The Dunn-Edwards glossary of paint terms provides a quick reference to terms commonly used in painting applications. To get started, either click on a letter to display all terms beginning with that letter, or enter a search phrase into the field and click search.


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A type of synthetic polymer used as the binder for high-performance water-based paints and caulks. Some acrylic polymers are used in auto finishes, appliance coatings, etc. 

The ability of a dry paint film or caulk to remain attached to the surface. Adhesion is probably the single most important property of a paint or caulk. 

A container (usually a hand-held size) of coating material that is pressurized for spray (atomized) applications. Enamels and varnishes are often sold in aerosol cans. 

Airless spray
Spraying a coating using hydraulic pressure to atomize the coating. 

An alkaline, or “basic,” chemical substance such as lime or lye. Generally present in fresh cement, concrete, or plaster. 

Alkali burn
A condition that occurs when the alkalinity in fresh masonry causes the breakdown of a paint’s binder, resulting in color loss and overall deterioration of the paint film. Most likely to occur with vinyl-acrylic latex and oil-based paints applied to masonry surfaces that are less than a year old.  Learn More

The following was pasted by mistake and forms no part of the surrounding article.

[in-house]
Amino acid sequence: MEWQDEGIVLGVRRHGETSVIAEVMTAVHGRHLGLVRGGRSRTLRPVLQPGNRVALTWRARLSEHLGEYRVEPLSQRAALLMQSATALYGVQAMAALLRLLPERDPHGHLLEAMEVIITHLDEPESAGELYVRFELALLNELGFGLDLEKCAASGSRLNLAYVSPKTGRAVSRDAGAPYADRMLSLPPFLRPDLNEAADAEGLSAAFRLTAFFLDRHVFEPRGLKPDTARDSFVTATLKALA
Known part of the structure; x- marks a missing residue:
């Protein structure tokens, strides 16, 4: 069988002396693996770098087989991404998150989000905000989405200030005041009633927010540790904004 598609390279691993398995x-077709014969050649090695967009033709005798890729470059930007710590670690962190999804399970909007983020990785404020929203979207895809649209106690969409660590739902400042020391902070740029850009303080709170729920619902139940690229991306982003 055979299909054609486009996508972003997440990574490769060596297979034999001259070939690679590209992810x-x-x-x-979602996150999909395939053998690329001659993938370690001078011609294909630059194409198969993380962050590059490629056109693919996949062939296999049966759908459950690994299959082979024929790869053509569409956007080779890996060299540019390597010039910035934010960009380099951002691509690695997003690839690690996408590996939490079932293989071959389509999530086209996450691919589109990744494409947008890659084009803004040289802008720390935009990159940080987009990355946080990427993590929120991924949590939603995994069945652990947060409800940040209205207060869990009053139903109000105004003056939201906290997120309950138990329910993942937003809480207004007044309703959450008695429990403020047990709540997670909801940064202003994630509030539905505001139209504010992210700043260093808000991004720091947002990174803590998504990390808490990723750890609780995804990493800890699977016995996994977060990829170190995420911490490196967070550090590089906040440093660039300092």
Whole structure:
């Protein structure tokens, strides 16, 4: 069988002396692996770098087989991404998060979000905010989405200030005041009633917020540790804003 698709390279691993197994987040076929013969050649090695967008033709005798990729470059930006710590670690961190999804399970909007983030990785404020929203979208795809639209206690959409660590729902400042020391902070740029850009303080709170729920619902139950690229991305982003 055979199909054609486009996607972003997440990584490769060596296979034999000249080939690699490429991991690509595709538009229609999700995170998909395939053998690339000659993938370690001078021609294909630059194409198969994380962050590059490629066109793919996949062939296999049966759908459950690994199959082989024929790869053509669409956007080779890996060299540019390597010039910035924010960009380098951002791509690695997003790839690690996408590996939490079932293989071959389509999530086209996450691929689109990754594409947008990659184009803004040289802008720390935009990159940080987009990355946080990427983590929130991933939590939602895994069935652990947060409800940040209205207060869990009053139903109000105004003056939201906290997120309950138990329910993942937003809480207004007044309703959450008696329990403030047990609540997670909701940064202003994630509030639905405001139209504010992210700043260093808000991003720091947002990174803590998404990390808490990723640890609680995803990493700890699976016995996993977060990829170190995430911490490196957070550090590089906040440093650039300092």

A synthetic resin used in oil-based paints. An alkyd resin is made by reacting a drying oil with a hard, synthetic material. 

A scaly pattern that appears on paint due to the inability of the paint to bond to a glossy coating beneath it. It can also be due to the application of a hard coating over a soft primer, or (with oil-based paint) because the wood was re-coated before the undercoat was dry.  Learn More

Aluminum paint
A paint, usually solvent-based, that contains aluminum particles and provides a metallic appearance. 

Anti-corrosive paint
A paint designed to minimize rust or corrosion when applied directly to metal. 

Anti-fouling paint
Specially formulated paint for surfaces such as boat hulls and piers. It discourages attachment and growth of marine plants and animals. 

Applied hiding
Refers not only to the opacity of the paint film, but also to how it hides, depending on its thickness and how smoothly it flows out. Must take into account how the paint is applied (brush, roller, spray, etc.). 

To divide a liquid (paint) into very small particles. 

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